Mana Mauli Ola o Nā Wāhine: The Strength of the Breath of Life, Power of Healing Women

By Rosemond K. Pettigrew, Dr. Dayna Schultz, NaniFay Paglinawan, Dolly Tatofi, Native Hawaiian, Board of Directors, Pouhana O Nā Wāhine

Point 2: Recognize and Respect Indigenous Responses of Native Hawaiian Communities and Organizations to Protect Indigenous Women

"Pele dancing hula on Mauna Loa. Photo courtesy of Gwen Borges."
"Pele dancing hula on Mauna Loa. Photo courtesy of Gwen Borges."

The Pouhana O Nā Wāhine recognizes the shift in perspectives on Akua Wāhine (female goddesses) because of colonization as it went from positive, uplifting, and respected to negative, destructive, and silent. We highlight Akua Wāhine to restore their sacredness, reclaim their power, and revive the importance of the impact they have on our lives as Native Hawaiian women.

Dolly The imposition of western ways on Native Hawaiians beginning in the 1800s caused disruption and dilution of culture, identity, self-preservation, and grounding in personal and communal mana. This disconnect has been carried through the ʻohana (family unit) generationally and is seen in the statistics reflecting variable disparities. The honorable roles that kāne (men) and wāhine (women) held were flipped around and not fully understood by outsiders. This was the same for anything, and everything Hawaiian, including the moʻolelo (stories) shared orally within the ʻohana. Separation was the vice that came with colonialism, a concept that was not a part of nohona Hawaiʻi (Hawaiian lifestyle).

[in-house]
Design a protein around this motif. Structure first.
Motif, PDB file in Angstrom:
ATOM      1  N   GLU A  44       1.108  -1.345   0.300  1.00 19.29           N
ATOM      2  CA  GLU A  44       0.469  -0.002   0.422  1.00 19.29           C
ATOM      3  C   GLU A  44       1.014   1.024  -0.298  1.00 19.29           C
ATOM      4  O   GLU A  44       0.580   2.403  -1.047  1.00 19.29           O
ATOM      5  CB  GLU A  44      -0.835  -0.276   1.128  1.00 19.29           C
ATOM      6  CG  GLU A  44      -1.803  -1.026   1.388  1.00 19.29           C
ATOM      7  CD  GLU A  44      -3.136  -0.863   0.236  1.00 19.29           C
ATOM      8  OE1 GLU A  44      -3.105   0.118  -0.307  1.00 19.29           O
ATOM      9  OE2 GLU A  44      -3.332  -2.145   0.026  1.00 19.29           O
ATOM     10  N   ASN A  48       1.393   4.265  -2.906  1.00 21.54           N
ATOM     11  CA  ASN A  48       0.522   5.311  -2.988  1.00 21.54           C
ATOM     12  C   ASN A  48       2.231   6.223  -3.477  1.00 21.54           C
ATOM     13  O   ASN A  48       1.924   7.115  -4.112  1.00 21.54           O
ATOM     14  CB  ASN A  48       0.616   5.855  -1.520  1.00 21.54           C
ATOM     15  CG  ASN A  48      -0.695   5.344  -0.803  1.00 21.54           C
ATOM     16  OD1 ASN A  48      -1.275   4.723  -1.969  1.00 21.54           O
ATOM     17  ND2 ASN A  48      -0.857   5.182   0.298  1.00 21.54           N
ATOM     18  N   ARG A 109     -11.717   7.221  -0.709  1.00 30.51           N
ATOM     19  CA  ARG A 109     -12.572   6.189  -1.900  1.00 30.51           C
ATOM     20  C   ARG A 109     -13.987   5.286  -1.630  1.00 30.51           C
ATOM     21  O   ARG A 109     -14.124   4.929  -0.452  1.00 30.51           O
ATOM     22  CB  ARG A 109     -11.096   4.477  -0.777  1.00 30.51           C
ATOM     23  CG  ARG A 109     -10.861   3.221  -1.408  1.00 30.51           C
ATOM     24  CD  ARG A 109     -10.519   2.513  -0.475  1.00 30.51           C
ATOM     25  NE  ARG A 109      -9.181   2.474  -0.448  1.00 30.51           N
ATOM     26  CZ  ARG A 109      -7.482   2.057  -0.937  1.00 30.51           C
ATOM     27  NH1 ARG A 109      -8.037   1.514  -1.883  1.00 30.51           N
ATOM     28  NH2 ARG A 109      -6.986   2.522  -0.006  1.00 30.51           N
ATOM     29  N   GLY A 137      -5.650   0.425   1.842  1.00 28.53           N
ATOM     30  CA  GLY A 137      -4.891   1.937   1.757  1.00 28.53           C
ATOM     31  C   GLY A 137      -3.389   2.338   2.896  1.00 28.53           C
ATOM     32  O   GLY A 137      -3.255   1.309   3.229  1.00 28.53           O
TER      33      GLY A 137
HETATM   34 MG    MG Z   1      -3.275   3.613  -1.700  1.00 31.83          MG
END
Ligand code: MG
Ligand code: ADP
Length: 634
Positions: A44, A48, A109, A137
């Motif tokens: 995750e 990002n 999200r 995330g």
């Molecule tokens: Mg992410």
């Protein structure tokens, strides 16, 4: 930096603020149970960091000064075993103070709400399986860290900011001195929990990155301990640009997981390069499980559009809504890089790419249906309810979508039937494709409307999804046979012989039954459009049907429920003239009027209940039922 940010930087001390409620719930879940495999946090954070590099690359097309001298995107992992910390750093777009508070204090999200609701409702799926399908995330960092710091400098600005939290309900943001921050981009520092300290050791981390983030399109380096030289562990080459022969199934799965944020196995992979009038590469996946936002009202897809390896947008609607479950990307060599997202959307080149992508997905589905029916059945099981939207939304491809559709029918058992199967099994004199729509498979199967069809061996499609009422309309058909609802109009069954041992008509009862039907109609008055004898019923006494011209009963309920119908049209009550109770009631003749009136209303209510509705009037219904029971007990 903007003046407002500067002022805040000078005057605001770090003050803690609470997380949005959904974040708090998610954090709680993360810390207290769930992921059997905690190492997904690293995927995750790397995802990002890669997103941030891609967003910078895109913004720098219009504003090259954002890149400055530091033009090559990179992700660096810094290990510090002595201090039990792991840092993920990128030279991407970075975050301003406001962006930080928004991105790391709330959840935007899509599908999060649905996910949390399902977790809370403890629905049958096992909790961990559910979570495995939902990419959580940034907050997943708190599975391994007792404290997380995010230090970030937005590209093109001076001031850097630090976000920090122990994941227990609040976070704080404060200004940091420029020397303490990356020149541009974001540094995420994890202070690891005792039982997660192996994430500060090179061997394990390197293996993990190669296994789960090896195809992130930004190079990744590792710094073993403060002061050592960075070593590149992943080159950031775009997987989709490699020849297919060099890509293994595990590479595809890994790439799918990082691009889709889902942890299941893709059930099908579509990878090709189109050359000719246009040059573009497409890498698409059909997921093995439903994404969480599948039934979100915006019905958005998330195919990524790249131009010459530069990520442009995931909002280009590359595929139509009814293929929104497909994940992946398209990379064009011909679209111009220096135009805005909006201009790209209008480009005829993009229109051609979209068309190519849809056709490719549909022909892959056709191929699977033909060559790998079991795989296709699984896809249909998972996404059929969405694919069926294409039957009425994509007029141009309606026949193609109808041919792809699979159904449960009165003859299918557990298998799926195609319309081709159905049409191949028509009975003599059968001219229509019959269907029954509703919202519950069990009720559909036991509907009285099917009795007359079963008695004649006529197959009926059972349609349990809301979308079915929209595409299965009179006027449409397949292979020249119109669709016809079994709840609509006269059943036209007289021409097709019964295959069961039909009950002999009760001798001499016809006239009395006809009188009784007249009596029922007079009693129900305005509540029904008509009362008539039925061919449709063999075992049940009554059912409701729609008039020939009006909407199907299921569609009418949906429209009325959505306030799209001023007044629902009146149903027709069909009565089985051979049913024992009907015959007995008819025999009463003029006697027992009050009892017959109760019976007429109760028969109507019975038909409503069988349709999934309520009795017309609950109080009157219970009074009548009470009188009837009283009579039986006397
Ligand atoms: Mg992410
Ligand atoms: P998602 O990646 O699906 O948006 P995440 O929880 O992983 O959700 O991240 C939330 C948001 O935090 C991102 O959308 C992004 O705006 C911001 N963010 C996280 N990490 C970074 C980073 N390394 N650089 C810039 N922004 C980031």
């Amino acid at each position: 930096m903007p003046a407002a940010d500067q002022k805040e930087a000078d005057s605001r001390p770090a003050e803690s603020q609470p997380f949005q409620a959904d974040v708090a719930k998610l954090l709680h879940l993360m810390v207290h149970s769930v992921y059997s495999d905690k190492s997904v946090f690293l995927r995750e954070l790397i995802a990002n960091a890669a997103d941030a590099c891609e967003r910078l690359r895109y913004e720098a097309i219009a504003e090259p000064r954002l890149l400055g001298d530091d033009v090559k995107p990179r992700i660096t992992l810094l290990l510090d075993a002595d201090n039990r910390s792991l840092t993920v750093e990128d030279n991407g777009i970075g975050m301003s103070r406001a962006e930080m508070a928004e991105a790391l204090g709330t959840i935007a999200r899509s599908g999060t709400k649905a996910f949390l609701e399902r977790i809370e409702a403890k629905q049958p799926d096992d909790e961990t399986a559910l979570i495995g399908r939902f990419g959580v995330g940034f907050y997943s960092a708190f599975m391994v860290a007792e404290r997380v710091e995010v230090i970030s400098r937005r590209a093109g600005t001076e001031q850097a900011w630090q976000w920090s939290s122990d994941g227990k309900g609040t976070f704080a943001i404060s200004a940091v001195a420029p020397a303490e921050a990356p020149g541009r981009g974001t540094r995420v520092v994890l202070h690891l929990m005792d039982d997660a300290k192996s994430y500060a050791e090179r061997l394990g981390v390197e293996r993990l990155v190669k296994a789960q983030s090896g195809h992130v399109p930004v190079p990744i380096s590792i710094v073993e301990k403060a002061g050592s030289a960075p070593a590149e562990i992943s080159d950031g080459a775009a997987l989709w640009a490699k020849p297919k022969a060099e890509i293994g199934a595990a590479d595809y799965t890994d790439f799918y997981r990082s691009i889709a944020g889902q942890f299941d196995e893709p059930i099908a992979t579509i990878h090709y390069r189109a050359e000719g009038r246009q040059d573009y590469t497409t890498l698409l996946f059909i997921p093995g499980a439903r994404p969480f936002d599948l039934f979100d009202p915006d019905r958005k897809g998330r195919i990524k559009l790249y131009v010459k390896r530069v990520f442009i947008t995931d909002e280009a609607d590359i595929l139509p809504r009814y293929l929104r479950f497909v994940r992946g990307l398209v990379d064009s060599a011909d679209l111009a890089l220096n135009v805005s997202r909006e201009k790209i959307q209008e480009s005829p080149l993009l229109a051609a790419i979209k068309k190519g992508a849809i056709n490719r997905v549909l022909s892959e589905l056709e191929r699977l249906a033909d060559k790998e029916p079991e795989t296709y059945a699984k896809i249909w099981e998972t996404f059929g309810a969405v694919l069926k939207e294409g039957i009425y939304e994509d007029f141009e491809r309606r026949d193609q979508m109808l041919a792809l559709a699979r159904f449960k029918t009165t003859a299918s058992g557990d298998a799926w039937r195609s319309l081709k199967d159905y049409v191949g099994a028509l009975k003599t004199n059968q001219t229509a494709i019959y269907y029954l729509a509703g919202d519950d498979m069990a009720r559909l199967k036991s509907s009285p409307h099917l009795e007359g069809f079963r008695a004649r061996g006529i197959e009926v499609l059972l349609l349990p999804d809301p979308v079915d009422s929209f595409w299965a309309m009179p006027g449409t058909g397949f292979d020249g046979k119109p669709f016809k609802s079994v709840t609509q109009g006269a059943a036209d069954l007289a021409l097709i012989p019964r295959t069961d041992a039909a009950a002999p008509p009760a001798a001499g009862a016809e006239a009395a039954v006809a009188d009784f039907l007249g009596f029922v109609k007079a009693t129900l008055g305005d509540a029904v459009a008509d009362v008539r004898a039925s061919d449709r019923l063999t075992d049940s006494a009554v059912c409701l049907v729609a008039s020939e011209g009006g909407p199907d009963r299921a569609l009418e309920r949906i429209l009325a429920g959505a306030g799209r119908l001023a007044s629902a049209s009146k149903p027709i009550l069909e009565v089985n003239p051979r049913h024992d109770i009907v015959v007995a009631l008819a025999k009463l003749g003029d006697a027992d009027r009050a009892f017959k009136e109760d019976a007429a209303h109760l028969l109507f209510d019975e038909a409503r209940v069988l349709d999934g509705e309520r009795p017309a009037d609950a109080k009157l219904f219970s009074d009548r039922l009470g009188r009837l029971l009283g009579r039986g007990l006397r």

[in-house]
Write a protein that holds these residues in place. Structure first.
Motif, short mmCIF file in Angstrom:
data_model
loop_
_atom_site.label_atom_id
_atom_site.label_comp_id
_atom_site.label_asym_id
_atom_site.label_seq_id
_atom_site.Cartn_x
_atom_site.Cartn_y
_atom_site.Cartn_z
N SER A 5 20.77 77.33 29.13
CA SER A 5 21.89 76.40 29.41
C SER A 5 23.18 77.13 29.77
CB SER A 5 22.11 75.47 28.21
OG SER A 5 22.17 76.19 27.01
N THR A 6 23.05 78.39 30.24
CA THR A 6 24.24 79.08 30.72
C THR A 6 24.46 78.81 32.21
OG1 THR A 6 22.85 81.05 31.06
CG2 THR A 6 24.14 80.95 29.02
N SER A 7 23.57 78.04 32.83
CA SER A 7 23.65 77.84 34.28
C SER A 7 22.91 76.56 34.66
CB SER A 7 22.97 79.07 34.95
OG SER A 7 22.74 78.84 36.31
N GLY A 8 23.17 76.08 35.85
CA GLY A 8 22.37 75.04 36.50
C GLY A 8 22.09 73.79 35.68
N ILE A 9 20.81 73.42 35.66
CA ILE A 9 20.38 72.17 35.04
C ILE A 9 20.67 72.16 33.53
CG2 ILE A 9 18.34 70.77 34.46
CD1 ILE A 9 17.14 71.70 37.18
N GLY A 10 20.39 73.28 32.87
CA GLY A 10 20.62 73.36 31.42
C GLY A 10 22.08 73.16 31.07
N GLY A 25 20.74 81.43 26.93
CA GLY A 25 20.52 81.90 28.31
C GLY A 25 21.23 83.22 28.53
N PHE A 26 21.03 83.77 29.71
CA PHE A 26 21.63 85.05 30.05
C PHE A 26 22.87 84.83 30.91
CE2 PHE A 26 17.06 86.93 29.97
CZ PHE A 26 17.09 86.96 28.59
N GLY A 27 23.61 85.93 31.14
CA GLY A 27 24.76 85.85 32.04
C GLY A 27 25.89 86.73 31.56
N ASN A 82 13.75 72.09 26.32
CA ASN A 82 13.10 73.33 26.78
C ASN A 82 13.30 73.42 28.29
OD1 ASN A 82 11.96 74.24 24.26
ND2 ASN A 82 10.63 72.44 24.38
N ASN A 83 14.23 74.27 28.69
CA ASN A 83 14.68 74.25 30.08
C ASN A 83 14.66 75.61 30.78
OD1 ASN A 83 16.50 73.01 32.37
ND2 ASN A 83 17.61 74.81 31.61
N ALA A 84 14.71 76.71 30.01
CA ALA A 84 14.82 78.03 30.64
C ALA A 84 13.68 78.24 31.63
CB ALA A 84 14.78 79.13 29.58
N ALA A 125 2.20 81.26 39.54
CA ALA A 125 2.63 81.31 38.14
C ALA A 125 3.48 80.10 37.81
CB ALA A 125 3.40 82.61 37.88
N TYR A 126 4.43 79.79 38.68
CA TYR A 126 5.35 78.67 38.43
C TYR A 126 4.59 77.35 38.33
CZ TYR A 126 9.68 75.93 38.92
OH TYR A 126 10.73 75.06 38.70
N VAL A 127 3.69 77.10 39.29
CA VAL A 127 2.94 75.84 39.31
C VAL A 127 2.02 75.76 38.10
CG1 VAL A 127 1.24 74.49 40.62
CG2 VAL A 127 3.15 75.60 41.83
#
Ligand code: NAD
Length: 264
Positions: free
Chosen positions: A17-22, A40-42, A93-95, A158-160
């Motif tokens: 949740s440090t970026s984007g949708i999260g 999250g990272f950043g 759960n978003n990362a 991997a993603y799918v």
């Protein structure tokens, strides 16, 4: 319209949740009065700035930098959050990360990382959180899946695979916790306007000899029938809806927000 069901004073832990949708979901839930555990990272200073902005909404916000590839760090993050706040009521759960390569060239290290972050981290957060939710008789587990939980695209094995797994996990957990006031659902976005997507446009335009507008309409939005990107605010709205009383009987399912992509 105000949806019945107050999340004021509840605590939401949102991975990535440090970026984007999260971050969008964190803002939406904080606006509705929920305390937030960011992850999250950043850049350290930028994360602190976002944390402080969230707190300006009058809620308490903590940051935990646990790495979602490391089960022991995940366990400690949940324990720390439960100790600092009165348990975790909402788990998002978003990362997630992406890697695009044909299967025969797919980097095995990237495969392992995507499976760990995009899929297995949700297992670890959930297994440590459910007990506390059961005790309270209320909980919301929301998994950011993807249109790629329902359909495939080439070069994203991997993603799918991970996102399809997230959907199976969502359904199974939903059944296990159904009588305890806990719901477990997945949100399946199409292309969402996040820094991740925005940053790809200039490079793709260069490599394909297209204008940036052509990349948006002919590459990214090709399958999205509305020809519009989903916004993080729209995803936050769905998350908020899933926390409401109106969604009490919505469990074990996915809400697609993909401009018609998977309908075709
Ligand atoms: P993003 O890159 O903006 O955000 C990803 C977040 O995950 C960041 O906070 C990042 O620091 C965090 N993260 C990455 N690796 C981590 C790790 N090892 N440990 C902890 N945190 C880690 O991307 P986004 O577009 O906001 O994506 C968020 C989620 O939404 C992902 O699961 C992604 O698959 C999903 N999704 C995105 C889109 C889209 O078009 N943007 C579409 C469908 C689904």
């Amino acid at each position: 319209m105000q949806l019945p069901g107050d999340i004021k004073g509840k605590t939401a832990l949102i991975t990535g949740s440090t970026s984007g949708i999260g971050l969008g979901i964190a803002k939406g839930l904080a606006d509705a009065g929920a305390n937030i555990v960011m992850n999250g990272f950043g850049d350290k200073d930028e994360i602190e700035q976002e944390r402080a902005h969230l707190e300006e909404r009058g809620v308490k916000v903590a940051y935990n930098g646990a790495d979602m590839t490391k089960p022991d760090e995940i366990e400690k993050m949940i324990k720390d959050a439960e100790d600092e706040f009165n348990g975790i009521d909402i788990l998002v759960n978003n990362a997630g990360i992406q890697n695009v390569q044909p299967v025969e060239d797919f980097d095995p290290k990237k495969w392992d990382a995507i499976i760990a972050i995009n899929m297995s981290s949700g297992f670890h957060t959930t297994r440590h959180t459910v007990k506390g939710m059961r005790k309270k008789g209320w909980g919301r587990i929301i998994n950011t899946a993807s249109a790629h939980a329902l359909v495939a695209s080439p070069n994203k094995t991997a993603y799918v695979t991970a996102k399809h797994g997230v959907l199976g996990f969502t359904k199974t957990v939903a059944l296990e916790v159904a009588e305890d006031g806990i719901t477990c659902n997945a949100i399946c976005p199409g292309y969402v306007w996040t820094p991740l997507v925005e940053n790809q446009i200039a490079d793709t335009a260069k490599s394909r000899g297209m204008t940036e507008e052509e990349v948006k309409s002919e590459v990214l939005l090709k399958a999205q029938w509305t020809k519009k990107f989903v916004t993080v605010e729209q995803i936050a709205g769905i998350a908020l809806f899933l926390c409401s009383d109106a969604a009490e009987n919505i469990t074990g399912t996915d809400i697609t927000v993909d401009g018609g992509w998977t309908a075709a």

As we uncover these misunderstandings, then do we start to remember and reconnect where we left off with our kūpuna (ancestors). Learning and sharing our kūpuna’s moʻolelo is a pathway to healing and restoration of self. We come to learn about not only our kūpuna’s practices, beliefs, and traditions. but we embrace the very characteristics embodied through poʻe (people), kanaka (a person), ʻāina (land), kai (sea), the elements, and through nā ʻaumākua (family spirits) and nā Akua (gods). As we come to restore the safety and honor of nā wāhine kapu (sacred women), reconnecting with moʻolelo wāhine (women stories) and moʻolelo Akua wāhine (divine women stories) supports us in achieving this in completeness. To be complete in self as wahine kapu (sacred woman) and to be known as such is mana (divine power).

Rosemond Akua Wahine is the embodiment of divinity and pure light as the creator of ʻāina (land), mother of the earth, and the giver of all life forces on the ʻāina or earth. Nature is sacred to me, as I am nature and embrace my kuleana (responsibility) to malama (take care of) her as her child and a child of the land - ʻkeiki o ka ʻāina. The connection to Akua Wahine is inseverable as a mother and a child cannot be changed, discarded, or removed as the life-giver. One cannot exist without the other because we are one body, mind, and spirit. The heaven (lani), ʻāina, kai (ocean), lā (sun), and hoku (star) are all one with heaven and the same with the earth, which is how it is in the realm of the Akua Wahine.